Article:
Public Release: 

BUSM researcher receives prestigious Massachusetts Neuroscience Consortium award

Boston University Medical Center

(Boston)--Carmela Abraham, PhD, professor of biochemistry and pharmacology at Boston University School of Medicine, was one of six recipients of this year's Massachusetts Neuroscience Consortium Award out of nearly 60 applicants. The grant was awarded to her for her work on multiple sclerosis and the role of the life extension protein Klotho in the limited repair of white matter in the disease.

The Consortium gives the award to those doing translational research in neurodegenerative and neuroinflammatory diseases--such as Amyotrophic Lateral Sclerosis, Alzheimer's disease, Huntington's disease, Multiple sclerosis, Parkinson's disease, neuropathic pain and treatment-resistant depression.

Although Abraham has devoted her entire career to the study of the molecular mechanisms leading to normal brain aging and the pathological processes that culminate in Alzheimer's, she discovered that Klotho is a neuroprotective protein that has beneficial effects in animal models of both Alzheimer's and multiple sclerosis. Since Klotho is significantly reduced in the brain during normal aging and in Alzheimer's disease, Abraham and her colleagues searched for and identified molecules that can increase Klotho levels in the brain. She is hoping to exploit these molecules to create new treatments to prevent brain aging, neurodegenerative and neuroinflammatory diseases.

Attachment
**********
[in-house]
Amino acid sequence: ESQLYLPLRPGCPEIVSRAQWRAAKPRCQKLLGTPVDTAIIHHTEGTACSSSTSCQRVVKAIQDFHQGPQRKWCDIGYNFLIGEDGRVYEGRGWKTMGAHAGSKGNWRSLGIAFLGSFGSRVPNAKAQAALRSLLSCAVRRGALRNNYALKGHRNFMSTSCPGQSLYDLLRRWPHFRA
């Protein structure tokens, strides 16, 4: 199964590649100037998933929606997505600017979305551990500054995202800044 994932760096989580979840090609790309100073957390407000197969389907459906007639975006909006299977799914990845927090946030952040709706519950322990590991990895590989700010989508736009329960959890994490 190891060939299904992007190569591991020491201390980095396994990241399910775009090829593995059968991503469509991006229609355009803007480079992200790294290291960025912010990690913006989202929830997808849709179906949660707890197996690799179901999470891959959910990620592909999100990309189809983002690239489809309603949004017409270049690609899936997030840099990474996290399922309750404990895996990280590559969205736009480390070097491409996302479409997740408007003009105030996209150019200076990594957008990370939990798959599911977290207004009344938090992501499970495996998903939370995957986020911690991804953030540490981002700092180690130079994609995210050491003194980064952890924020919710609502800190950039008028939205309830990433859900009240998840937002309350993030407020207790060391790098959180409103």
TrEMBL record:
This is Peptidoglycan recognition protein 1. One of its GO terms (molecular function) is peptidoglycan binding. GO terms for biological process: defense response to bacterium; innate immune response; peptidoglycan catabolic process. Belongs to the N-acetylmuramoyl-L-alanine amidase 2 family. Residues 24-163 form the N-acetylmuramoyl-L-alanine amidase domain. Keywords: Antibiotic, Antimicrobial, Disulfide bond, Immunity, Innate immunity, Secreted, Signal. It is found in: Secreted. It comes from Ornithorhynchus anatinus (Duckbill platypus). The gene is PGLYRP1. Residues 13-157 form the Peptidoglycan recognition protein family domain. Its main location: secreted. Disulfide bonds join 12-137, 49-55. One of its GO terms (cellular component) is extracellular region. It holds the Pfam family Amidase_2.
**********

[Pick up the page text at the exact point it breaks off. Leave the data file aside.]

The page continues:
Abraham received her Bachelor of Science in biology from Tel Aviv University and her PhD in neuroscience from Harvard University. In addition to winning this award, she is the recipient of The Neuroscience Education and Research Foundation Award for an Outstanding Promise as a Young Alzheimer Investigator (1990). She has received two of the highest awards from the Alzheimer's Association - The Zenith Award (1994) and the Temple Award (1999).

The Consortium was founded in 2012 by Massachusetts Life Sciences as a way to bring together researchers, private companies and the government in order to accelerate budding translational neuroscience research. Participating companies include AbbVie, Biogen Idec, EMD Serono, Janssen Research & Development, Merck, Pfizer and Sunovion Pharmaceuticals. Each company pledged money to support the grant winners, totaling $1.5 million.

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